Approximately 60-70% of Pakistanis depend on groundwater, but a recent study highlighted areas of likely contamination based on water quality data covering almost 1,200 groundwater pumps tested between 2013 and 2015.
According to the study, around 88 million people are living in high-risk areas and roughly 50-60 million individuals could potentially be affected in an area in which an estimated to 200 million citizens currently do not have access to clean drinking water.
According to a recent report from the Pakistan Council of Research in Water Resources (PCRW), 85% of the population of Pakistan lacks access to drinking water and around 40% of all deaths in Pakistan as a result of disease are caused by water-borne diseases.
Add to this a burgeoning population increase, which, according to the Economic Survey of Pakistan 2016-17, sits at a growth-rate of 1.86% annually, and Pakistan is facing a disaster of epic proportions. Pakistan’s population has increased by 35 million annually and is expected to reach a 37% annual increase by 2030.
According to a 2009 UNDP Report, Pakistan is amongst the top 10 countries of the world, together with India, China, America, Japan, Thailand, Indonesia, Bangladesh, Mexico and Russia, with the highest water usage.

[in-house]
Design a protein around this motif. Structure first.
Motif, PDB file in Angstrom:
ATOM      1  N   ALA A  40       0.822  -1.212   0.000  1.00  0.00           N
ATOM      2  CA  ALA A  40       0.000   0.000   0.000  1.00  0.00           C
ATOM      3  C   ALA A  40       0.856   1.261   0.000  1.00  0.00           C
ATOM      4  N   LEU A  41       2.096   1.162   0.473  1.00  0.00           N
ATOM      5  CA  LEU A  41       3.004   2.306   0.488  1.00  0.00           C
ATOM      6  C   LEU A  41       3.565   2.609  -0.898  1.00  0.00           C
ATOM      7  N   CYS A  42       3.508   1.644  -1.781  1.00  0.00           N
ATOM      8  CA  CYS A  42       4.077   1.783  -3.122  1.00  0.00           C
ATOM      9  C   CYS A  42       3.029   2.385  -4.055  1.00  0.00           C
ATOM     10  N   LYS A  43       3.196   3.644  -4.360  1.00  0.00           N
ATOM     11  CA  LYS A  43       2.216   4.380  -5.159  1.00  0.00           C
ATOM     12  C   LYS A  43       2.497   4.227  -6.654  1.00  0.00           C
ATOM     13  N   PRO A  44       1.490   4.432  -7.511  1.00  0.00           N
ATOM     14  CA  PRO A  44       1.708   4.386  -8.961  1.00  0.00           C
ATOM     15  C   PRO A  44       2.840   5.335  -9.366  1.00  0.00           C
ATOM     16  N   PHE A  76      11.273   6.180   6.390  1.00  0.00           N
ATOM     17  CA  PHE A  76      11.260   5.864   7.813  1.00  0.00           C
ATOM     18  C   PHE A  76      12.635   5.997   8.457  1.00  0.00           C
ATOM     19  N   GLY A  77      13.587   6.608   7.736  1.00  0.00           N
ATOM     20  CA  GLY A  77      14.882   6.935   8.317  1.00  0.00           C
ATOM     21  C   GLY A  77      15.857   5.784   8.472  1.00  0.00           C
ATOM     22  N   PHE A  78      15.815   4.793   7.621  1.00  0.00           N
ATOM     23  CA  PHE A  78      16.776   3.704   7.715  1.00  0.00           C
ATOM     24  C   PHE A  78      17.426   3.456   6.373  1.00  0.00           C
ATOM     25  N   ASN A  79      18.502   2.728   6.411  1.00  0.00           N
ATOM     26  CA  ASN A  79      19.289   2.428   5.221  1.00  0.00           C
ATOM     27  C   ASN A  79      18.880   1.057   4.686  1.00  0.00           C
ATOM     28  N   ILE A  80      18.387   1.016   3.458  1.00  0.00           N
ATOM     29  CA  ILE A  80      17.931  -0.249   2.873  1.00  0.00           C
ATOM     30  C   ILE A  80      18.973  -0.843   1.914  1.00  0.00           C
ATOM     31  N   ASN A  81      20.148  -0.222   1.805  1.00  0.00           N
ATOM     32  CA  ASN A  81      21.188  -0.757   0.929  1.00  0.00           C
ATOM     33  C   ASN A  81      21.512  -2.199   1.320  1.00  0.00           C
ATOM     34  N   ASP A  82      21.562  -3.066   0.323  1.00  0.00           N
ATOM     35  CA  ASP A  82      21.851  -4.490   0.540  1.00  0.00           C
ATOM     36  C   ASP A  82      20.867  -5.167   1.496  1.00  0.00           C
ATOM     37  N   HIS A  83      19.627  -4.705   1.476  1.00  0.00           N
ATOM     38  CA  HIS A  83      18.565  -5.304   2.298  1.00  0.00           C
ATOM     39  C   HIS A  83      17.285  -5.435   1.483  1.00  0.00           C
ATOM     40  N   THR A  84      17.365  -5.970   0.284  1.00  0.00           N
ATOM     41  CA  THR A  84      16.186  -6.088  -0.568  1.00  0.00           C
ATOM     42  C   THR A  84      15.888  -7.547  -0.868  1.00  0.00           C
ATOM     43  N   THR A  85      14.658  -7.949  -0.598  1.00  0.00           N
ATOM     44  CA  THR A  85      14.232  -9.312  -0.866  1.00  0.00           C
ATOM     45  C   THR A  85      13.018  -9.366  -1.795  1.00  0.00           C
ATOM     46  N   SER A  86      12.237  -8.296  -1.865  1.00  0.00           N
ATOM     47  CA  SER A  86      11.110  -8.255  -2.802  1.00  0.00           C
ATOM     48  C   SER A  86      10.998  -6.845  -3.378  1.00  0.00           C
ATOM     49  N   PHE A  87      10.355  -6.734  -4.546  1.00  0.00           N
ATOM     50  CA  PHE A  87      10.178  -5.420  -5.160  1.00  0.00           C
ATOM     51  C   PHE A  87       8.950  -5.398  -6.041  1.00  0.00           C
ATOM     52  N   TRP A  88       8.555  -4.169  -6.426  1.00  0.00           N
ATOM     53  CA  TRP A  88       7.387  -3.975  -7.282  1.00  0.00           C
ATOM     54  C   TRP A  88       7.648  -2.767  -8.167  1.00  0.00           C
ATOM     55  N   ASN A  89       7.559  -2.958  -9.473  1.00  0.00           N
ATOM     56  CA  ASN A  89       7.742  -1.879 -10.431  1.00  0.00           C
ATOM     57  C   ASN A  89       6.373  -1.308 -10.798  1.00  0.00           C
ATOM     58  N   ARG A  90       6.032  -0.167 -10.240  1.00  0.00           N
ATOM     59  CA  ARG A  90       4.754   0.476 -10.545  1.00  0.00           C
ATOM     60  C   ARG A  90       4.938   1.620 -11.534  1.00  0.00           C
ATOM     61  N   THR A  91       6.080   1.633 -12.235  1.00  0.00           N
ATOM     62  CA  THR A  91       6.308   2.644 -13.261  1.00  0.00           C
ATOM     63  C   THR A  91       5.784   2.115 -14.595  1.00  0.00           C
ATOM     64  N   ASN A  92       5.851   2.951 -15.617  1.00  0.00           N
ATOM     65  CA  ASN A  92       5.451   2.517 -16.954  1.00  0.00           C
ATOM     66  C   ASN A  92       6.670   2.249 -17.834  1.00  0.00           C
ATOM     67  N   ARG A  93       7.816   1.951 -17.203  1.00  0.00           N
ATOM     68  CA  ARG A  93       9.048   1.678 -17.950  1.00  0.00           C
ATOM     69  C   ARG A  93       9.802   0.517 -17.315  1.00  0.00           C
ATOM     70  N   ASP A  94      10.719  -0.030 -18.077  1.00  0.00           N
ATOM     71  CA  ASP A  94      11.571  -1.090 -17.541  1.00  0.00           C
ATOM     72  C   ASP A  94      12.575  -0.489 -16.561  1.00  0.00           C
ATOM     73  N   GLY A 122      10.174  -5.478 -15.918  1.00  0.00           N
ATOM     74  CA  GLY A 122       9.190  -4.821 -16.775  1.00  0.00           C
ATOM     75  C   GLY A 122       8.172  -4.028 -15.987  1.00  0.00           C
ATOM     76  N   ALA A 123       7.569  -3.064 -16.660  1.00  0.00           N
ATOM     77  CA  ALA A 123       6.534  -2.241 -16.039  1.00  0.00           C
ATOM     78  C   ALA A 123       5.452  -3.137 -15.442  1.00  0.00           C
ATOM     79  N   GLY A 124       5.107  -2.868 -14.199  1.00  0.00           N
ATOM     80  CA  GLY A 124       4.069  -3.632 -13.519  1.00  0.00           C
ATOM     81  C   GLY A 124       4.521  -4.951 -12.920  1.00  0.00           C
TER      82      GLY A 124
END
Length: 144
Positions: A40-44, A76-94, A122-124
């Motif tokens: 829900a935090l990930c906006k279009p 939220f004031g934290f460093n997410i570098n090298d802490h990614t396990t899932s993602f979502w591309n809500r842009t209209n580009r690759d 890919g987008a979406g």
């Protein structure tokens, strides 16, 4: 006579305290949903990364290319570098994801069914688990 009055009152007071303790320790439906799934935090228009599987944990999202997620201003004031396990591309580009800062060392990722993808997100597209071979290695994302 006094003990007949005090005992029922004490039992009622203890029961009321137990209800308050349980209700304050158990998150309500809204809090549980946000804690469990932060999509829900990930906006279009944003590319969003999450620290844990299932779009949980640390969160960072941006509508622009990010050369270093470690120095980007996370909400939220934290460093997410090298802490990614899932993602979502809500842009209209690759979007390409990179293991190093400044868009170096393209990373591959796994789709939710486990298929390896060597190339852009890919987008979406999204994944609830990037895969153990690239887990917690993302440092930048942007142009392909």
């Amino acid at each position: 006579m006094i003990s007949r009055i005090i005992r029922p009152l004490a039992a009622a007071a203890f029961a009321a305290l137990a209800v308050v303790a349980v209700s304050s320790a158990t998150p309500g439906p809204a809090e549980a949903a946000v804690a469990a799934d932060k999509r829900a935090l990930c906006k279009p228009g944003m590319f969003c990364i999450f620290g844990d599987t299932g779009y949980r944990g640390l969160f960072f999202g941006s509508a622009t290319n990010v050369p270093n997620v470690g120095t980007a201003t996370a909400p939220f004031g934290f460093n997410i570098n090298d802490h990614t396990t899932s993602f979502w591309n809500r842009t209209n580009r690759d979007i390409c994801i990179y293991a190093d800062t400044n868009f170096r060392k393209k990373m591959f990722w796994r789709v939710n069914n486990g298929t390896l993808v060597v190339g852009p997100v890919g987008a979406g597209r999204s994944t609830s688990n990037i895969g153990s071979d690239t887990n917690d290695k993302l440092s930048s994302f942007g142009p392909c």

Pakistan’s water print is ranked second in South Asian countries, printed at 1331 meters per annum as opposed to the world’s water footprint which is 1385 cubic meters per year as per the National Institute of Water Education, Unesco Institute for Water Education 2011.
Life in Pakistan is dependent on monsoon rainwater, which means that millions of Pakistanis use hazardous water sources such as wells and ponds for drinking water.
There has been no government policy to resolve the water scarcity problem in many areas, such as in the region of Tharparkar, which has suffered severe drought in recent periods. With a rapidly growing population and an increased demand on current water resources for drinking water as well as for agriculture and industry, a disaster is looming.